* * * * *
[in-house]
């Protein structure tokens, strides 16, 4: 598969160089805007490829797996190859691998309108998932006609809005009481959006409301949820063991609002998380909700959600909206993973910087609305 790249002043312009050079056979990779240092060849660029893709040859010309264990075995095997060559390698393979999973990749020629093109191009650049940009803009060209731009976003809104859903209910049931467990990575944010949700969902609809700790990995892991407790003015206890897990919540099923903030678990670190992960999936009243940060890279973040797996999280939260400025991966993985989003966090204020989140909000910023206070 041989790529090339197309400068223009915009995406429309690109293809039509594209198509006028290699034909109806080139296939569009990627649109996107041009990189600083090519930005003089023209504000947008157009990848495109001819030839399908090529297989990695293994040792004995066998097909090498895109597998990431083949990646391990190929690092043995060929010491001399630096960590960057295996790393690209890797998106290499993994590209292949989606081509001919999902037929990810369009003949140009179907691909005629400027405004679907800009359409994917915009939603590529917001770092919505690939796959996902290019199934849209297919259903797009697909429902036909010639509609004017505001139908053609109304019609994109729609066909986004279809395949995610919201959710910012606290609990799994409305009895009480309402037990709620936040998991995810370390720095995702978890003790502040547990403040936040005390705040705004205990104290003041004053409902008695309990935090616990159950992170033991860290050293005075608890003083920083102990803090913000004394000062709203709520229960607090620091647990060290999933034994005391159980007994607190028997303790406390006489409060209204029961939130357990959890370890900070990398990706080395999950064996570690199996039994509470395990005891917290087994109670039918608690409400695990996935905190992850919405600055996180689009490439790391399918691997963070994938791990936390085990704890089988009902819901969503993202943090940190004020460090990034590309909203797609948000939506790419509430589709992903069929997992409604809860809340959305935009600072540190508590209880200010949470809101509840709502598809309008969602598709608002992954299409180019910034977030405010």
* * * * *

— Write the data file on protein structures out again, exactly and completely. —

[in-house]
């Protein structure tokens, strides 16, 4: 598969160089805007490829797996190859691998309108998932006609809005009481959006409301949820063991609002998380909700959600909206993973910087609305 790249002043312009050079056979990779240092060849660029893709040859010309264990075995095997060559390698393979999973990749020629093109191009650049940009803009060209731009976003809104859903209910049931467990990575944010949700969902609809700790990995892991407790003015206890897990919540099923903030678990670190992960999936009243940060890279973040797996999280939260400025991966993985989003966090204020989140909000910023206070 041989790529090339197309400068223009915009995406429309690109293809039509594209198509006028290699034909109806080139296939569009990627649109996107041009990189600083090519930005003089023209504000947008157009990848495109001819030839399908090529297989990695293994040792004995066998097909090498895109597998990431083949990646391990190929690092043995060929010491001399630096960590960057295996790393690209890797998106290499993994590209292949989606081509001919999902037929990810369009003949140009179907691909005629400027405004679907800009359409994917915009939603590529917001770092919505690939796959996902290019199934849209297919259903797009697909429902036909010639509609004017505001139908053609109304019609994109729609066909986004279809395949995610919201959710910012606290609990799994409305009895009480309402037990709620936040998991995810370390720095995702978890003790502040547990403040936040005390705040705004205990104290003041004053409902008695309990935090616990159950992170033991860290050293005075608890003083920083102990803090913000004394000062709203709520229960607090620091647990060290999933034994005391159980007994607190028997303790406390006489409060209204029961939130357990959890370890900070990398990706080395999950064996570690199996039994509470395990005891917290087994109670039918608690409400695990996935905190992850919405600055996180689009490439790391399918691997963070994938791990936390085990704890089988009902819901969503993202943090940190004020460090990034590309909203797609948000939506790419509430589709992903069929997992409604809860809340959305935009600072540190508590209880200010949470809101509840709502598809309008969602598709608002992954299409180019910034977030405010």